Jesse Saperstein: A Role Model for Change

Jesse Saperstein: A Role Model for Change

When asked why he would jump out of a plane, Jesse Saperstein does not hesitate to reply, “Because I’m insane.” All humor aside, he adds, “I thought it would be an exciting an creative way to stop bullying.” Indeed — is there anything more exciting than skydiving?

Jesse Saperstein is a best-selling author and champion of the anti-bullying movement. His video “Free-Falling to End Bullying in 2012” is a major step towards putting an end to bullying, both inside and outside the classroom. Jesse himself is no stranger to bullying — he has Asperger’s syndrome, and he suffered from bullying in school from an early age. His video features Jesse skydiving as well as personal experiences from other children with forms of autism.

Jesse’s journey towards increasing public awareness about Asperger’s has been a long and tough one. Jesse feels like he and others missed some opportunities because people were uncomfortable around him, but he ascribes to the philosophy “if you throw enough spaghetti on the wall, eventually something will stick.” In 2005, Jesse hiked the Appalachian Trail, which took seven months and nine days. Jesse describes the 2,174 miles as a “slow race that never, ever ends.” Jesse was able to raise thousands of dollars for the Pediatric AIDS Foundation, and even though people treating him like a hero was a short-lived event, it “showed people what I could accomplish. I saw attitudes change.”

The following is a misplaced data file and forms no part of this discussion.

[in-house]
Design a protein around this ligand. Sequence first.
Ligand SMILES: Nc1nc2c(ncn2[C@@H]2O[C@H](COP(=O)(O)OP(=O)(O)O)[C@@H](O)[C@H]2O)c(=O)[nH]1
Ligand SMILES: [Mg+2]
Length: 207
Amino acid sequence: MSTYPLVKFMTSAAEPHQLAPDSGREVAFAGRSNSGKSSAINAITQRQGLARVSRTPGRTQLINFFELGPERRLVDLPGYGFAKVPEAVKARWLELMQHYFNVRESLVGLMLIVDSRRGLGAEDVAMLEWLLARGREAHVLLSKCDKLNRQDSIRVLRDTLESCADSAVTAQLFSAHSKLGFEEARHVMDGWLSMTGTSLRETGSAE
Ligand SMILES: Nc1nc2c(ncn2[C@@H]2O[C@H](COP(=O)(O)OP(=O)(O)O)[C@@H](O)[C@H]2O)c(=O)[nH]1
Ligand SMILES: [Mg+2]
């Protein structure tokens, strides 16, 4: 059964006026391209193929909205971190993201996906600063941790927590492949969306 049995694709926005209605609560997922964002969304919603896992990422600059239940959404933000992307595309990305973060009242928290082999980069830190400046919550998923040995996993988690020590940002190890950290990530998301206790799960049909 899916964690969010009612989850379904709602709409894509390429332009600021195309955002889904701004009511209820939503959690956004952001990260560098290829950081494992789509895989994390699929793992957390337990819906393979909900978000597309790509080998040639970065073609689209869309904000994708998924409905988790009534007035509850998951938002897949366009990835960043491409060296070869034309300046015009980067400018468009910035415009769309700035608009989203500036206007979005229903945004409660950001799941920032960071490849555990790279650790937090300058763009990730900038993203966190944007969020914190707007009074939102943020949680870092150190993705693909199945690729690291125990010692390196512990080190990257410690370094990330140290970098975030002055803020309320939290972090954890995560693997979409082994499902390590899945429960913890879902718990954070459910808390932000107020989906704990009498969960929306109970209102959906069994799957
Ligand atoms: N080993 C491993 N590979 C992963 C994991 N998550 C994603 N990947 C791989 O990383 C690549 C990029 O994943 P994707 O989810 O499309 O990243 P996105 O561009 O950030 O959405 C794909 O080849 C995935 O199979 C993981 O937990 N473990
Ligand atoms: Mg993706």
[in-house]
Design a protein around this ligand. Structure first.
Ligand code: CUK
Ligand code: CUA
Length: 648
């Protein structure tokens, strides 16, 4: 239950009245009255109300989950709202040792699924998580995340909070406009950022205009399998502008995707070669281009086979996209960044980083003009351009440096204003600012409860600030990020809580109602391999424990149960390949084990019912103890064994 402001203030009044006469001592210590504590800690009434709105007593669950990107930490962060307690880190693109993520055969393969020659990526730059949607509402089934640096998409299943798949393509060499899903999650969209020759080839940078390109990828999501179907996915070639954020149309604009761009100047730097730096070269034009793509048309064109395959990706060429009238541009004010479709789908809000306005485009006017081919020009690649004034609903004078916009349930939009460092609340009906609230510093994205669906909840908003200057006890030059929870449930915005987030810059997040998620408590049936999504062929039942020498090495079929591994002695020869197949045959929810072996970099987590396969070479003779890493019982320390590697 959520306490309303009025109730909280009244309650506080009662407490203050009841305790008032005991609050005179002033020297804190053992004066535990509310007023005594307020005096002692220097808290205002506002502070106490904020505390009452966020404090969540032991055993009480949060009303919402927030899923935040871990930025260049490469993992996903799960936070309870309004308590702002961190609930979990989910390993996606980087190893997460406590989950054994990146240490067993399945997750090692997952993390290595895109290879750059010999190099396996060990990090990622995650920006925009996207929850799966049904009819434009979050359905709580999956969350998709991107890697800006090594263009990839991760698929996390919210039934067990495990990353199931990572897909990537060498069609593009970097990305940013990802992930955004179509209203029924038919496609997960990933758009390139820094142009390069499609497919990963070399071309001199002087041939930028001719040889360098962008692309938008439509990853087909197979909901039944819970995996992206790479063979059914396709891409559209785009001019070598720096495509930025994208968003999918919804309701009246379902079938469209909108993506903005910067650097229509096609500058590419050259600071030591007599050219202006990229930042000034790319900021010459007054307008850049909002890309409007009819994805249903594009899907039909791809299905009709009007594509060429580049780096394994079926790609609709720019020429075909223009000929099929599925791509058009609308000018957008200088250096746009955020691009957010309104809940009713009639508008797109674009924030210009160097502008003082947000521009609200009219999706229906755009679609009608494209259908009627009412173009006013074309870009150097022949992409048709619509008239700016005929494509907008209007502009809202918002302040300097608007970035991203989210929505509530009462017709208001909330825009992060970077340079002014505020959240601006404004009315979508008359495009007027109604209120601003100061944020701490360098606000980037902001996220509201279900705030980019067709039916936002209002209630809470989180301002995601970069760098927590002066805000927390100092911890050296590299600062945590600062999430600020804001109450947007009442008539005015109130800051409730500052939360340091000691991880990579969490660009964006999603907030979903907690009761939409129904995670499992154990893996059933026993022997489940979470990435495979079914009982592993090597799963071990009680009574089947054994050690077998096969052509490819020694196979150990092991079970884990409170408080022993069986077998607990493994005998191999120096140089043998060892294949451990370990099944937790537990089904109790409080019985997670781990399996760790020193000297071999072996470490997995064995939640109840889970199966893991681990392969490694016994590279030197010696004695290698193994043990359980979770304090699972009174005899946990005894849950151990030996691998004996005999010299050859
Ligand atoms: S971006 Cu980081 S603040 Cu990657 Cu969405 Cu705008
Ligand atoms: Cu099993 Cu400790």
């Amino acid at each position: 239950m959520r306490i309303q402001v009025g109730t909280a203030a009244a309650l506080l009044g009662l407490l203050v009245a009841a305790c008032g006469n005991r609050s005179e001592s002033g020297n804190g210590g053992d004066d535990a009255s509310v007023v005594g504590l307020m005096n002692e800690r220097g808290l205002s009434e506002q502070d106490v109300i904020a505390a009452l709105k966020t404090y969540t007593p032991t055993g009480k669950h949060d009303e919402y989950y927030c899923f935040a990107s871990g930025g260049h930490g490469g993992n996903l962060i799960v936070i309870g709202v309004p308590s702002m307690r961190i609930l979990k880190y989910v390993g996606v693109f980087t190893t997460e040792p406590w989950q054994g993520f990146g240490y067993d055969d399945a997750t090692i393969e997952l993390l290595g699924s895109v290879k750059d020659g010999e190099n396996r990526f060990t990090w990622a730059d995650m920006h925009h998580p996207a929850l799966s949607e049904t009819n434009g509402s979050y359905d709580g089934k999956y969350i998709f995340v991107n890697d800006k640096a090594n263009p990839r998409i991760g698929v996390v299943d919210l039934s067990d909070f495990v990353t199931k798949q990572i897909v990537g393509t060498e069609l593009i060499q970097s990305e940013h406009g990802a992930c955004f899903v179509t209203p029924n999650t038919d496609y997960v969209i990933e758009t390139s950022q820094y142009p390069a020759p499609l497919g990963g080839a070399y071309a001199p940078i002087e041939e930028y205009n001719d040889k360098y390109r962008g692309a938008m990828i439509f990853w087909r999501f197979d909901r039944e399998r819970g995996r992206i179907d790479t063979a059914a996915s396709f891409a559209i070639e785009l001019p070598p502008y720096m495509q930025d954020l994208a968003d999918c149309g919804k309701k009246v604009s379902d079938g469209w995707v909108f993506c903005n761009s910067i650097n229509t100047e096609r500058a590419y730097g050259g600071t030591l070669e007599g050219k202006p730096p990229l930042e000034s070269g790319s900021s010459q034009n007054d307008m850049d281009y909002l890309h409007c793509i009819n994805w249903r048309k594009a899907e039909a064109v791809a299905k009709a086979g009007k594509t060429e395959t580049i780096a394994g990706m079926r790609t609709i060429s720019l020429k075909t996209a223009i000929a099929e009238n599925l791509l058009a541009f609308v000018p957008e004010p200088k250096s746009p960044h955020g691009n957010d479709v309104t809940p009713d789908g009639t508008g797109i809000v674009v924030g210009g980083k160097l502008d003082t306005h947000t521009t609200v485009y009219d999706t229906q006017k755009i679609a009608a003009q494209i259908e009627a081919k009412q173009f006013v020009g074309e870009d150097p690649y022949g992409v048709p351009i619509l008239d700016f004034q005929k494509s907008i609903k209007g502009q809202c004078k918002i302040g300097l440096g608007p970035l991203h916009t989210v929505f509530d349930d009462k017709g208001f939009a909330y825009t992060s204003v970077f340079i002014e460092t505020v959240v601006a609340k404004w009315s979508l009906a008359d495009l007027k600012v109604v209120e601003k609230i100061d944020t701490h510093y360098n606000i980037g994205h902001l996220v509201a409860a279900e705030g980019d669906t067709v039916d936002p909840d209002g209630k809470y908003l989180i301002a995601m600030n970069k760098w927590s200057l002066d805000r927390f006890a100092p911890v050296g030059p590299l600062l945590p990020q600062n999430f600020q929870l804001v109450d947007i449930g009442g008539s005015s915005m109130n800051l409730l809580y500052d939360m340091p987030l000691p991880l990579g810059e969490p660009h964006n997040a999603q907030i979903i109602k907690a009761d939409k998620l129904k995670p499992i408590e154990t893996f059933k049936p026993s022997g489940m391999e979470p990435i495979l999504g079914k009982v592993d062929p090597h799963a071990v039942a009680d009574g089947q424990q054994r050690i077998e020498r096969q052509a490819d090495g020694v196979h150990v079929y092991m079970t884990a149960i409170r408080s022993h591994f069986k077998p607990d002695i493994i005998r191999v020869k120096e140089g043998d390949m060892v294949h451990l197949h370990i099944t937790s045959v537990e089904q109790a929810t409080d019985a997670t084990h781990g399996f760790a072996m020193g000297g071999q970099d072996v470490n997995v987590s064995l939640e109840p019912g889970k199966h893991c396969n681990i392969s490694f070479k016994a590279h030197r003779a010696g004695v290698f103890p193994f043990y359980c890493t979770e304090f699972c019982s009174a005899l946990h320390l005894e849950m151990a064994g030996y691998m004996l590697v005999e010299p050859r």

Jesse wants this attitude change to spread across the country. He says the suffering children who are bullied go through is unnecessary.

With the release of his book (Atypical: Life with Asperger’s in 20 1/3 Chapters) and video, Jesse said people finally gave him a chance. “My head swelled up to the size of a Macy’s Thanksgiving parade balloon,” he says. When it deflated, he says, he was able to give speeches to schools, clubs, and other communities. He is able to show people that there is more to Asperger’s than meets the eye; there is more than what is in the DSM IV, and Jesse “wants them to see what has made my life special.” Jesse hopes that these positive qualities and accomplishments about Asperger’s will be more synonymous with the word.

Jesse says “nobody should have to jump out of a plane to get attention and respect.” Jesse does not call himself a hero, but rather he says the children in his video who are bullied because of autism are the real heroes. “It’s the hardest thing to talk about autism in a public venue,” he says.

Jesse’s video is just one step towards putting an end to bullying. He places some responsibility on people with autism — “they have to become people who do what they say they’re going to,” he says. He wants these children to advocate for themselves, and like Temple Grandin, he suggests that autism is no excuse for inappropriate behavior.

Additionally, Jesse calls on the public to give people with autism an incentive to do better. He asks that people take another look rather than judging and fearing after a first impression. Jesse says fearing those individuals who are awkward is just as irrational as thinking “normal” looking people cannot cause harm. He wants the public to ask questions — people with autism would rather answer a question than be feared or ignored.

Suffering from bullying is unnecessary, and Jesse believes that education is the greatest opportunity for change. As the clinical definition and stigma surrounding autism changes, people will begin to realize the capabilities people with autism have, and their ability to contribute to society. Jesse proposes a class taught in every school, similar to a health class, which provides students with information regarding disorders such as autism and the drastic psychological consequences of bullying; when peers understand the disabilities, they are less likely to fear or judge them.

Jesse knows minds can change. Help spread the anti-bullying movement — share Jesse’s video and promote anti-bullying initiatives in your school or community.

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